“My wedding anniversary and the passing of my grandmother are both one and the same,” said Trout. “So I truly look at it as a day to be celebrate her life as well as the union with my wife, and that is what we’ll continue to do.”

 Trout (30-2, 17 KOs), a 30-year-old southpaw, returns to action to challenge IBF 154-pound champion Jermall Charlo (23-0, 18 KOs) at the Cosmopolitan in Las Vegas on SHOWTIME on May 21.

 Charlo-Trout is part of a division triple-header. Charlo’s twin, Jermell (27-0, 12 KOs) and John Jackson (20-2, 15 KOs) of the Virgin Islands meet for the WBC title and Erislandy Lara (22-2-2, 13 KOS) of Cuba defends his WBA title against Vanes Martirosyan (36-2-1, 21 KOs) of Glendale, in a rematch of their draw from November 2012.

 Johnson, who lived in Brooklyn, and other family members were ringside at New York's Madison Square Garden in December 2012 for Trout’s career-best unanimous decision over Miguel Cotto. Trout’s great grandmother, Dorothy Johnson, celebrated her 88th birthday that night.

 Trout’s marriage and Johnson’s death occurred a month after his unanimous decision loss to Canelo Alvarez in March 2013. 

“My grandmother was a strong woman who was very blunt," said Trout, who wore the words, “R.I.P. Ann” on his trunks against Erislandy Lara in December 2013. "She commanded respect and would tell you what was on her mind. She was also very funny. I get my prankster side from her."


WBA welterweight champion Keith Thurman (26-0, 22 KOs) is looking to become the first man to stop former champion Shawn Porter (26-1-1, 16 KOs) when they meet in a 147-pound showdown at Barclays Center on June 25. That would be a better performance against Porter than Kell Brook had when he scored a unanimous decision over Porter to win the IBF welterweight title in 2014.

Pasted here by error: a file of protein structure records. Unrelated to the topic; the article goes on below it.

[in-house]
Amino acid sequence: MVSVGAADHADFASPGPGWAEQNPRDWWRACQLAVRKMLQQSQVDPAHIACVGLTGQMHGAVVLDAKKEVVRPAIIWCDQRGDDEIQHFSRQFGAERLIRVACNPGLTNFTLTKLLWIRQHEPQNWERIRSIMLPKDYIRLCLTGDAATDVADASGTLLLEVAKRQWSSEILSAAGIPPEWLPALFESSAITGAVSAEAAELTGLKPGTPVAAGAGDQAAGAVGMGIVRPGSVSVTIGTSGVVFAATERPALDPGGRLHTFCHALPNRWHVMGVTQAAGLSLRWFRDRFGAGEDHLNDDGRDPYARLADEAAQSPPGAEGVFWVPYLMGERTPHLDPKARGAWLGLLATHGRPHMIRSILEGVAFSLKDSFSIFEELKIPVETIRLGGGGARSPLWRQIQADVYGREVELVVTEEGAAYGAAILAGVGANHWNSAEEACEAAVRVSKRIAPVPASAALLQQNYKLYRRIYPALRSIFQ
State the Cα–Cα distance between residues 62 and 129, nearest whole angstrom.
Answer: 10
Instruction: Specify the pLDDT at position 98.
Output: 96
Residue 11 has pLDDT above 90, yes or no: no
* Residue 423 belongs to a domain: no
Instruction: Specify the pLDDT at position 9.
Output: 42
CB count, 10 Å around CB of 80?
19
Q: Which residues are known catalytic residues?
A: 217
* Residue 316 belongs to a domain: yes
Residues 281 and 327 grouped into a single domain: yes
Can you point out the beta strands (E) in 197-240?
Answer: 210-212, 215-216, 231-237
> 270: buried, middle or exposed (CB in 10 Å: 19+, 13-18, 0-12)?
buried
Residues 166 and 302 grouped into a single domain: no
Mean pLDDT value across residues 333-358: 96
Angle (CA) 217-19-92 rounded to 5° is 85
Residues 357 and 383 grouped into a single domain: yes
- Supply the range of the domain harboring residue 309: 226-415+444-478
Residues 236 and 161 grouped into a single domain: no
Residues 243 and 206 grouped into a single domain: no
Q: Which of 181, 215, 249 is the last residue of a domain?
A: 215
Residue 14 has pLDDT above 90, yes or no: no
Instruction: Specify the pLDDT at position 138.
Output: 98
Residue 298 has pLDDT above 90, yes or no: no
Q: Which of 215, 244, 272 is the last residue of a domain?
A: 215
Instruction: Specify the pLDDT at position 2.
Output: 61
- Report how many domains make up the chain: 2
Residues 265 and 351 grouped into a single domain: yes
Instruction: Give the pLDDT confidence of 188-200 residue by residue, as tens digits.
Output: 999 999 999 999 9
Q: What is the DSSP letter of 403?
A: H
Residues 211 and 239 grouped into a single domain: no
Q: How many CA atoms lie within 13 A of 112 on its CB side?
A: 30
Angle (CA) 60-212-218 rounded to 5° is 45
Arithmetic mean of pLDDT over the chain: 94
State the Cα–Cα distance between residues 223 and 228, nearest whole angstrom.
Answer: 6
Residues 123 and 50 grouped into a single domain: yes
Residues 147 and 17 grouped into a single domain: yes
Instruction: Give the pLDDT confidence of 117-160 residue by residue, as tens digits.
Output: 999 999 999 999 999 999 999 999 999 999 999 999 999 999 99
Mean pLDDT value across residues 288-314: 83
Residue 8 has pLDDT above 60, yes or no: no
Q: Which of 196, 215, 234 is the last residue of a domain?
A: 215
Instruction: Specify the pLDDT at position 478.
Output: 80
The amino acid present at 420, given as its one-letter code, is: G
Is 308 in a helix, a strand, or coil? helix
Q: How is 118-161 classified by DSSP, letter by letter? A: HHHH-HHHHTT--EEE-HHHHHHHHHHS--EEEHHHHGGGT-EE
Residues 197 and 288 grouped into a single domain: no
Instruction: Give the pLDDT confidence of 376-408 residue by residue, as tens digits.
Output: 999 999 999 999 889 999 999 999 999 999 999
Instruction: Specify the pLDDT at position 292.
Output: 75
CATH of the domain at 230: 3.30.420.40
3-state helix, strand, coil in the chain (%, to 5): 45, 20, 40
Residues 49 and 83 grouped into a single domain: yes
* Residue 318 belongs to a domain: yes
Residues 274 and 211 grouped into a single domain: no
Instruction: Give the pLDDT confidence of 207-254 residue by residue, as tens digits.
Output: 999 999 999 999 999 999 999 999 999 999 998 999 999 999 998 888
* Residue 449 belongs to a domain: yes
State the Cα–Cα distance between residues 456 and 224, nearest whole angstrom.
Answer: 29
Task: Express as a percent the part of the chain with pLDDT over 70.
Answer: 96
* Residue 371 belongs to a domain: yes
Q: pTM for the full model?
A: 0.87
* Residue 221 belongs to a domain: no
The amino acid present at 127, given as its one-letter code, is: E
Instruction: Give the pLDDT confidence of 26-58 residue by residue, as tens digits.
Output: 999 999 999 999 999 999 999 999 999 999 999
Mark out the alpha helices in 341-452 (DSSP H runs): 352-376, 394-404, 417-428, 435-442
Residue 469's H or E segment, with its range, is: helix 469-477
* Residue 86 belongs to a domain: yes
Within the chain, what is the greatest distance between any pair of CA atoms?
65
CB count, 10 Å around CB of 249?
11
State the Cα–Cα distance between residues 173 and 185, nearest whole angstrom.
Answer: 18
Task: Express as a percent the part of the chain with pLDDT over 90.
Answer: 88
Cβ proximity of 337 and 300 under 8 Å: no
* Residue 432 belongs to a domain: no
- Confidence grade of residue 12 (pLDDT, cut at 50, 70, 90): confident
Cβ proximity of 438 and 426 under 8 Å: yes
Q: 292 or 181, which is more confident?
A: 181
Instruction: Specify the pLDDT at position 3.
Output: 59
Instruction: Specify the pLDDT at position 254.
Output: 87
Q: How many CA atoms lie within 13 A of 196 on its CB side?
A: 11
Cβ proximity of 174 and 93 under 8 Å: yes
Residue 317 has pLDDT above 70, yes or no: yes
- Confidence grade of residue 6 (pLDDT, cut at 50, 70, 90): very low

“Being called the best is something that you earn by proving you’re the best. If I beat Shawn Porter in great fashion, there are going to be people who want me to beat Kell Brook,” said Thurman. “I would love to make a statement by stopping Shawn Porter. If I do, I believe that I’m on the top of the list when it comes to being the best at 147. I believe that I’ll do that. There are going to be things that Shawn Porter’s not going to be aware of, and I’ll be able to separate myself.”

Thurman did that when he scored a pair of second-round knockdowns against Julio Diaz on the way to a victory via third round TKO in 2014.

"It did take me fewer rounds (to win) than when Shawn Porter fought Diaz to a draw and then went the distance with him,’’ Thurman said. “I wanted to make a statement. Shawn Porter fought him twice and didn't stop him. Amir Khan got dropped by him. That’s actually why I put on that performance in the first place. Julio Diaz was a common opponent for Shawn Porter and Amir Khan.

“I was able to see the holes in Diaz that Shawn Porter didn’t see, not just once, but twice. I look at that fight, personally, when I want to separate my skills from Shawn Porter’s, and I want to mentally see myself as having certain advantages over him.”

Thurman-Porter continues 147-pound action that began in January, when former 140-pound champion Danny Garcia (32-0, 18 KOs) won a unanimous decision against ex-welterweight titleholder Robert Guerrero for the WBC’s vacant 147-pound crown.

“We have four world champions, and I think it’s time for one of us to have two of those belts. I want to collect one at a time, starting with an extra one later this year,” said Thurman. “Danny Garcia stepped up to 147, and I think it’s time for Danny to step up to me, but I can see him ducking and dodging. Jesse Vargas has a belt and Kell Brook has the IBF, and I want to see another one of those things wrapped around me, real soon.”